Third times the charm. Today was a big day.

(I’ve got more photos to add to this post, my photo editing software is misbehaving though, I’ll try and get to it in Zermatt)

I haven’t even had a chance to sort through any of the photos and videos I took today. There are too many. By my count I took almost a thousand photos on my SLR alone. The phone and DJI Pocket have more photos and videos to go through at some point.

But what a day it was.

Started with a bit more of a walk around Chur, found an area I hadn’t walked in and eventually found out why. It wound its way uphill and ended with no side road to get back down to the train station that I could see. So I had to turn around and double back to the road I knew went to the station.

By the time I got back to Bahnhofstrasse (Station Street) it wasn’t long before my scheduled train to St Moritz. Heather and Sean had initially discussed catching the same train as we were on the same Bernina Express service until I realised my ticket was for a specific train earlier in the morning. No harm though, I figure I’d scope things out with the extra time.

Between Thusis and Tirano the Rhätische Bahn (RhB) network is UNESCO world heritage listed for its engineering marvel. It’s not hard to understand why. Even though they’ve modified and modernised a lot of the bridges and tunnels on the network, knowing how long ago they dug some of these tunnels and built some of these bridges almost defies belief. Across the entire journey the Albula and Bernina lines cross 196 bridges and travel through 55 tunnels over 122 kilometres.

The first leg of my journey was the Chur to St Moritz train that incorporates the Albula line section from Thusis to St Moritz, including the iconic Landwasser Viaduct and the Albula tunnel (that took 5 minutes and 20ish seconds to traverse by my count I’ll use a stopwatch tomorrow on my way back). Interestingly I was the only person in the entire first class carriage. Also I got interviewed by a couple of people from RhB’s social media team for a TikTok about people travelling in first class. So keep an eye out for that I guess?

Beginning the climb into the alps the train snakes and loops its way up hundreds of metres above sea level. This is usually the first leg of the entire Bernina Express route, but that version of the journey was booked out days after it became available so I had to settle for the St Moritz to Tirano leg.

On reaching St Moritz and stepping out of the train, I was surprised by how… not cold it was. The forecast was for 3 degrees but even with the overcast conditions and borderline snowfall it didn’t feel cold. Even when I sat near the lake to have my lunch. It wasn’t until a bit of a front moved through with some wind that it felt proper cold. That wind was obviously coming straight off some ice because that cold air cut through.

Heather and Sean arrived just on 2pm and we went for a meander around St Moritz. Wondering how many of the houses were occupied (not necessarily owner-occupied based on my previous post about the Zurich tour mentioning ownership rates here), trying to find good places to get good views, and me getting a second dose of heading down a street that had no side access back to where we wanted to go, forcing us to double back. That aside the place was amazing, and I imagine it would look stellar in the middle of January when winter is in full swing and seasonal residency would be higher than the off season it is now.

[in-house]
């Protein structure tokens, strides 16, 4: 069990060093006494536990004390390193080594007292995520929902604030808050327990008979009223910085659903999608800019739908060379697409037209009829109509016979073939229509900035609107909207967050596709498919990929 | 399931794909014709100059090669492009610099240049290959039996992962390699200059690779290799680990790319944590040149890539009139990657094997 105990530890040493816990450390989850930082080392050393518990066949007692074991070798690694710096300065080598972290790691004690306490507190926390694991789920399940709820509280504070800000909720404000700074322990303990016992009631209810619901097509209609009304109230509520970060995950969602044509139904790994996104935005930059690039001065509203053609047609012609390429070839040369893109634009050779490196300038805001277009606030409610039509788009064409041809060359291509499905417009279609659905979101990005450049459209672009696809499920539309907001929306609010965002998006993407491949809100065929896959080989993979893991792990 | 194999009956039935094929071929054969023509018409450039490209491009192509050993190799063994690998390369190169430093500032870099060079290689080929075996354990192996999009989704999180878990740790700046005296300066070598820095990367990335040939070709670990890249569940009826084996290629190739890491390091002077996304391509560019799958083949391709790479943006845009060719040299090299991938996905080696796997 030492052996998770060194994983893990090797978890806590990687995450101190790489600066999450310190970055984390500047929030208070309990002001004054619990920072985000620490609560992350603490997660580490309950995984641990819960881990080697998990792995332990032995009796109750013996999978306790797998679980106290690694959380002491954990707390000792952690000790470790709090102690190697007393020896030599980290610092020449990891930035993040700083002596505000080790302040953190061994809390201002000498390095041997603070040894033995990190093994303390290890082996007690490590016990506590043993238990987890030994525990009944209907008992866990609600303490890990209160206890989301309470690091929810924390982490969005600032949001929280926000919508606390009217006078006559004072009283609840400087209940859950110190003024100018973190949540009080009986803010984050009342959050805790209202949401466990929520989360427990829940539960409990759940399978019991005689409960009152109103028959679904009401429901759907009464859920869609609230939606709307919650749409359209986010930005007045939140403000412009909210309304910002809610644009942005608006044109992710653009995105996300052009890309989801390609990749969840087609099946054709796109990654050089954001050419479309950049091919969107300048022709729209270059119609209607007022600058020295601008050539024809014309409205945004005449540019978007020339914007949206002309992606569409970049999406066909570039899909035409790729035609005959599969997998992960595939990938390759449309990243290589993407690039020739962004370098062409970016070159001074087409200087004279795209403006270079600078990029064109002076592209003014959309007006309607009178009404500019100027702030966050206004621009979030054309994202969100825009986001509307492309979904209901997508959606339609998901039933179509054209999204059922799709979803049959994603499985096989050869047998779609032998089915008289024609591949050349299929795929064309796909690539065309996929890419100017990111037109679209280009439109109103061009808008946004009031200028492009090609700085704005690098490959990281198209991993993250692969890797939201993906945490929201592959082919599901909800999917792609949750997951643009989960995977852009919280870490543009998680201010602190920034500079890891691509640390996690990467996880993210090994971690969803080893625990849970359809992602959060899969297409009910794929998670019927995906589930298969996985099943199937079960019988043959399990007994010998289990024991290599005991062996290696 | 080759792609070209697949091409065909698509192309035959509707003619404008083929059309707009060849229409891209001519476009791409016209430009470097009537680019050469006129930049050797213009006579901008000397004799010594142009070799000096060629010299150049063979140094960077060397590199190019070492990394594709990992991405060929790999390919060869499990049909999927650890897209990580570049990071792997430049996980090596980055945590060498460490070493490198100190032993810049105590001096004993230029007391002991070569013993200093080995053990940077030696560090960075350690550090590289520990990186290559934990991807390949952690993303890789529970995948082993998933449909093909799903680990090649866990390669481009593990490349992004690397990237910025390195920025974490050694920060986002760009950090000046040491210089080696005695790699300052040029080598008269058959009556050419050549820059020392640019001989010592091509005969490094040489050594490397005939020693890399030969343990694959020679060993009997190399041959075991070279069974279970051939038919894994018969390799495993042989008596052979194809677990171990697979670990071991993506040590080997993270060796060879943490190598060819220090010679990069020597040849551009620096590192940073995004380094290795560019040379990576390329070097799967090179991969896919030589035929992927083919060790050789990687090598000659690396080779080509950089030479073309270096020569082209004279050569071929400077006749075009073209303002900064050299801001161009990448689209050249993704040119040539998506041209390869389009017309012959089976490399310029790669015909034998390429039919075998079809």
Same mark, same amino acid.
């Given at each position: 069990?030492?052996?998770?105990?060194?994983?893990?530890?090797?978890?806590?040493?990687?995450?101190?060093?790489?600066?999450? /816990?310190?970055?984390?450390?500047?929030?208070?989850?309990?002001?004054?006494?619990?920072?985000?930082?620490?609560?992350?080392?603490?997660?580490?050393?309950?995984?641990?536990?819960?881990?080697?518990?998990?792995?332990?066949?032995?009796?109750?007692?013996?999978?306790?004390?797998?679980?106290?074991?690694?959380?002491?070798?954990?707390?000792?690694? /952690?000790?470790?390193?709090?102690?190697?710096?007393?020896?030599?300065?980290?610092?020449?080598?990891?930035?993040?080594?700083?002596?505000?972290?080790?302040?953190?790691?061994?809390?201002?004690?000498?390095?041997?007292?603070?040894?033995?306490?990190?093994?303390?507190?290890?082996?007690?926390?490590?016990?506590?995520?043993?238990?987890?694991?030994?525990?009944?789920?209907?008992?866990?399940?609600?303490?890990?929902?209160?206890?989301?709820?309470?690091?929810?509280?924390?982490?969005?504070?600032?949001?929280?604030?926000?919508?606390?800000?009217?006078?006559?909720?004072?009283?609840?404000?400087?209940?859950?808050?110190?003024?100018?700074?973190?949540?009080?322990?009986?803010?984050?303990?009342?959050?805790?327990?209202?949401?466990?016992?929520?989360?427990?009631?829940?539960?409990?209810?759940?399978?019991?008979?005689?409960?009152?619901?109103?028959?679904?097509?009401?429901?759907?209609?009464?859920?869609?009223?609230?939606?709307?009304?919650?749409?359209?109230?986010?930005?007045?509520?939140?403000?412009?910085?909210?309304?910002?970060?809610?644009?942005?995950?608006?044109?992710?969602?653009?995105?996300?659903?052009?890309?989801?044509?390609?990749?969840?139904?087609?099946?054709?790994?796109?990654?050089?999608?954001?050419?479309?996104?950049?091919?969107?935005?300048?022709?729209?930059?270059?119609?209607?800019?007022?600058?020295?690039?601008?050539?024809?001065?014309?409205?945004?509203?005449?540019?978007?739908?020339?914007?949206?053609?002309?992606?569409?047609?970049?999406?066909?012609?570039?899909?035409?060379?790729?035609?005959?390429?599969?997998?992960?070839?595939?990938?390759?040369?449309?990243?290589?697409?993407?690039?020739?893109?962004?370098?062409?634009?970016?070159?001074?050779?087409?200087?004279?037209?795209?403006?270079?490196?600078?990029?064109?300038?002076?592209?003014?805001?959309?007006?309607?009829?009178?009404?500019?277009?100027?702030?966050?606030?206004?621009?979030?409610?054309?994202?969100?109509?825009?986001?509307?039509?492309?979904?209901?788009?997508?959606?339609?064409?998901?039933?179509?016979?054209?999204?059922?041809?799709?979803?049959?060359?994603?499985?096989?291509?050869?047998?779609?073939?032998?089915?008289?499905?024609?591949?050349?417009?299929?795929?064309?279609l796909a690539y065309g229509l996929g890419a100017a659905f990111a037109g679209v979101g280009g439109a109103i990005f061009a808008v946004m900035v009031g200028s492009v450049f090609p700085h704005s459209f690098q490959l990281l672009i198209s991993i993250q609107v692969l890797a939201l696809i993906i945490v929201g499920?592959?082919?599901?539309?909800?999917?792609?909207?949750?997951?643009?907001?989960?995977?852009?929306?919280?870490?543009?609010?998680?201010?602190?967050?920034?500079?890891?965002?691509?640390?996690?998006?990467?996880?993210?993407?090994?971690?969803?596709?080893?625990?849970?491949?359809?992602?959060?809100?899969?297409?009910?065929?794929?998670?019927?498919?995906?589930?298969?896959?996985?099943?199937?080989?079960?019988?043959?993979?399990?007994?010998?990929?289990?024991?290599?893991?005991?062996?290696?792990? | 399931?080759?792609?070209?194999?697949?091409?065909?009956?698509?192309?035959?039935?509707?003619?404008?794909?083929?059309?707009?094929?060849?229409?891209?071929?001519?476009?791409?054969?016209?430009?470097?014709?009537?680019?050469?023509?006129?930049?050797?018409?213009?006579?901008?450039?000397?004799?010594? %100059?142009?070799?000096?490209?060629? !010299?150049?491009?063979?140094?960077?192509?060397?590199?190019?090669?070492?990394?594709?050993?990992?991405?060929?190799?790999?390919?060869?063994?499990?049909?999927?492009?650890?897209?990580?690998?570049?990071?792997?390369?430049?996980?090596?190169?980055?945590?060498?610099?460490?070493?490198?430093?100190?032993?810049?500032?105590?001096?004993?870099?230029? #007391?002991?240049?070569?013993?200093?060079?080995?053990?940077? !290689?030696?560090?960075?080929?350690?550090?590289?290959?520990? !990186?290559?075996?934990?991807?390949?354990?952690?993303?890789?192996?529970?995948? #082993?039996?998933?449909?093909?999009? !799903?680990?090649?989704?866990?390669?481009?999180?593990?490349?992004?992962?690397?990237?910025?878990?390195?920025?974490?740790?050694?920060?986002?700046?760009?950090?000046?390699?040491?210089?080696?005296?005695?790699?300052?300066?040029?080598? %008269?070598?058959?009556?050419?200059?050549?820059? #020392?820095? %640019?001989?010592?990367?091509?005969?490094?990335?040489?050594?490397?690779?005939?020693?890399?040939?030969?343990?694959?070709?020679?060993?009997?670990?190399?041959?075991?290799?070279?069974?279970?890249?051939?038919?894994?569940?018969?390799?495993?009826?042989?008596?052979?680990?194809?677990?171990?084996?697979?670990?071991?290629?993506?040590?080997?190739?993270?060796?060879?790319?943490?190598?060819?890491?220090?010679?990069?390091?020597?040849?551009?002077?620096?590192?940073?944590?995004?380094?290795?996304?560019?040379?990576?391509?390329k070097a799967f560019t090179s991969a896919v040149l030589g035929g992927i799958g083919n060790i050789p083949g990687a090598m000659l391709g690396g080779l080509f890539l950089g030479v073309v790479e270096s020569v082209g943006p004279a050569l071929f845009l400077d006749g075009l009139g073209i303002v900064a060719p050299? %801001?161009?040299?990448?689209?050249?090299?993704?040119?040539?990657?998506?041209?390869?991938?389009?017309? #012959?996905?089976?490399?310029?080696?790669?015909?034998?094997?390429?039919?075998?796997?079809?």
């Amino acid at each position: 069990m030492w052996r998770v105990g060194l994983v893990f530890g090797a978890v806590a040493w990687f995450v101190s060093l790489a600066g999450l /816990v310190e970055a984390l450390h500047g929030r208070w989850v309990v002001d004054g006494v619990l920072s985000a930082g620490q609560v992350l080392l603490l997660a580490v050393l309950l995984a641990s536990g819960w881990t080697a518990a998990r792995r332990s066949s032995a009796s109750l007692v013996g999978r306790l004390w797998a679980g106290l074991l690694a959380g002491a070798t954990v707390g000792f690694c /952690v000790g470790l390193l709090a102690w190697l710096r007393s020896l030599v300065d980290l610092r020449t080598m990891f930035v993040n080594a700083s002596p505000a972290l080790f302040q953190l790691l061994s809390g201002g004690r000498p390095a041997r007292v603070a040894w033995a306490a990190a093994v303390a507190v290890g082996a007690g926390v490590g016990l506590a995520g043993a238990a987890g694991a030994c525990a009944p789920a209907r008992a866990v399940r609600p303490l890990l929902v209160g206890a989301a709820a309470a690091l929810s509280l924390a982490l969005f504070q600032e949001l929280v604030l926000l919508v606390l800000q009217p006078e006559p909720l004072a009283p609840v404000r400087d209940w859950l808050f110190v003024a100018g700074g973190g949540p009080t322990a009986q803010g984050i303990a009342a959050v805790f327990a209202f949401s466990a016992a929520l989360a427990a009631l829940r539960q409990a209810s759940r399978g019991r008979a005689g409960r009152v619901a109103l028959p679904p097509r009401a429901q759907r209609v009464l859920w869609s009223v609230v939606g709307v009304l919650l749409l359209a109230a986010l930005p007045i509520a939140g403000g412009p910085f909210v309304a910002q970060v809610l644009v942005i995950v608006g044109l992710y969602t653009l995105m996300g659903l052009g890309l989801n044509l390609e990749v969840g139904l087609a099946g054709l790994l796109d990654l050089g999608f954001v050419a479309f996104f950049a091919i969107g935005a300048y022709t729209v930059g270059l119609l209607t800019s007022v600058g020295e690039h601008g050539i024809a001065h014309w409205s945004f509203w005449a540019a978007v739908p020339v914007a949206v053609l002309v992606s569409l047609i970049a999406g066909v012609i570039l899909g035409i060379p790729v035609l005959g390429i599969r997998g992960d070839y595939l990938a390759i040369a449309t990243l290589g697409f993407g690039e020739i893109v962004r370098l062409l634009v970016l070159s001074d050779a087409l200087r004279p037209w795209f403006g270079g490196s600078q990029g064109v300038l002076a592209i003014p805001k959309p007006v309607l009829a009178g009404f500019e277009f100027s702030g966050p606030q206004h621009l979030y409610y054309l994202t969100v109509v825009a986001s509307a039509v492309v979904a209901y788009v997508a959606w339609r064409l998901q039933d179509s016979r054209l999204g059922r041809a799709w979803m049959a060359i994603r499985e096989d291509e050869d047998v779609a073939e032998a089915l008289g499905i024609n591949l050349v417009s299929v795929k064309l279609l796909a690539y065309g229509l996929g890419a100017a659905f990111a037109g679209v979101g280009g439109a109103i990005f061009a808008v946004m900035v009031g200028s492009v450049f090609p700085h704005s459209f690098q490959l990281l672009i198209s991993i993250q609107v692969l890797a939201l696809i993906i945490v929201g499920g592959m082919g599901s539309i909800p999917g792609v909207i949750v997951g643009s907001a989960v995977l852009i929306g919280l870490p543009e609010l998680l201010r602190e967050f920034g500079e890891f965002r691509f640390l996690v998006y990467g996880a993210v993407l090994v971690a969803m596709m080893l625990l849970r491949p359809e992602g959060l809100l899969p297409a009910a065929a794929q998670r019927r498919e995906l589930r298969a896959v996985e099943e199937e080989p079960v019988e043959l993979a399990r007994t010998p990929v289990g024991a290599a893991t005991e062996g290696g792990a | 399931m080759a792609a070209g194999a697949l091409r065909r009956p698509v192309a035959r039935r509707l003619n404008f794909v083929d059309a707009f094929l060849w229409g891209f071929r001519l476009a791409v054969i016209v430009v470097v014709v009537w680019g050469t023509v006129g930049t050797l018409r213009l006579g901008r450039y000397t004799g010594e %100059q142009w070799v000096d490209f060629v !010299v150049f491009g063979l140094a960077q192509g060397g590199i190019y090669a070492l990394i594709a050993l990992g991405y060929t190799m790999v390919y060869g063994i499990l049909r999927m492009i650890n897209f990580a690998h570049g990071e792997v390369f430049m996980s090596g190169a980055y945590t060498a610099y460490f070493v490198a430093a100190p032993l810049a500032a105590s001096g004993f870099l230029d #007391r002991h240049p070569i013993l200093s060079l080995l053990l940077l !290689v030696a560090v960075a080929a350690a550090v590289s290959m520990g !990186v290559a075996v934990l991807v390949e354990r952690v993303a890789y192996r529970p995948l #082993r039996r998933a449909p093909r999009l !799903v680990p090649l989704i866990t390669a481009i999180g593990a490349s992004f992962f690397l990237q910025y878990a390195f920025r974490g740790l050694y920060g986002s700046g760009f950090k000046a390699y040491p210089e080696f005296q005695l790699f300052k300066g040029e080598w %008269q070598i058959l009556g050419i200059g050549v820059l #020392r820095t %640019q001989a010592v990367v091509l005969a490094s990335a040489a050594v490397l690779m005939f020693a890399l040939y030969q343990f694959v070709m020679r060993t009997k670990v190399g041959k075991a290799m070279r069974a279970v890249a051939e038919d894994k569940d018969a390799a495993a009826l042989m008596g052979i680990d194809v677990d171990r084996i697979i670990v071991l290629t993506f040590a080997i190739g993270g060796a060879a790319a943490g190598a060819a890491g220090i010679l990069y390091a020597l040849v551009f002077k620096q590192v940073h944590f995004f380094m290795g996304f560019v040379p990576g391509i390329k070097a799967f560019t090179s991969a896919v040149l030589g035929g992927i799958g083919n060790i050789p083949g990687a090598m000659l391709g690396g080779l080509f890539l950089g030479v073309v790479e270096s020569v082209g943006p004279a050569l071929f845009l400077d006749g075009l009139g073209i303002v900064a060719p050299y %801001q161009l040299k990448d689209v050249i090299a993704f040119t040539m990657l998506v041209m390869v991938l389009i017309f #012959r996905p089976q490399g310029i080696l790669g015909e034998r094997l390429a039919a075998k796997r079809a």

By 4pm we were headed back to the station to jump onboard our 4:15 Bernina Express service. The panoramic windows allowed ample viewing area but there were also small openable windows at the ends of the carriage for glass-free viewing (behind automatic doors to keep the rest of the travellers warm too). I almost regret not coming later into summer where the open-air carriages run as I think that would be a stunning experience.

The Bernina line begins by climbing from St Moritz further into the Alps. Crossing at the highest point 2,253m above sea level at Lago Bianco. The lake at the top of the Alps is divided into two, with one half flowing down to the south via the Poschiavino eventually reaching the Mediterranean, while the other half flows north via the Danube to eventually reach the Black Sea. During winter the lake freezes over, but during the high summer thaws to clear blue waters.

The line crosses over itself and loops back and forth as it snakes its way up and down both sides of the mountains. This process provides opportunities for travellers on both sides of the train to share in the mega views and not have half the passengers feel like they have missed out. Don’t quote me on this because I’m not sure I heard it correctly, but the scenic lines (Bernina especially) were engineered with tourist rail and sightseeing in mind. I could certainly believe it!

The journey ends descending down through the final stretch. Another road sharing location as the train rolls through one of the main streets of Tirano before coming to a stop at RhB Tirano. Onwards services into Italy (such as the one Heather and Sean would be catching tomorrow) require passengers to transfer from the RhB to Trenitalia as the rail companies operate on separate gauge track.

We had dinner at the restaurant at the station as the location we had initially earmarked that was between our hotels had stopped serving food by the time we were getting there. When in Italy, it’s either gotta be pasta or lasagne right? I had lasagne. Heather and Sean both had different pasta dishes (from memory). It was great, food was hot, atmosphere was buzzing as we were sitting outside right next to the station. All in all, it was a good night.

Until I got back to the hotel and tried to use the internet to upload the days highlights. But in the grand scheme of things for that to be worst thing about the day was really not that bad at all.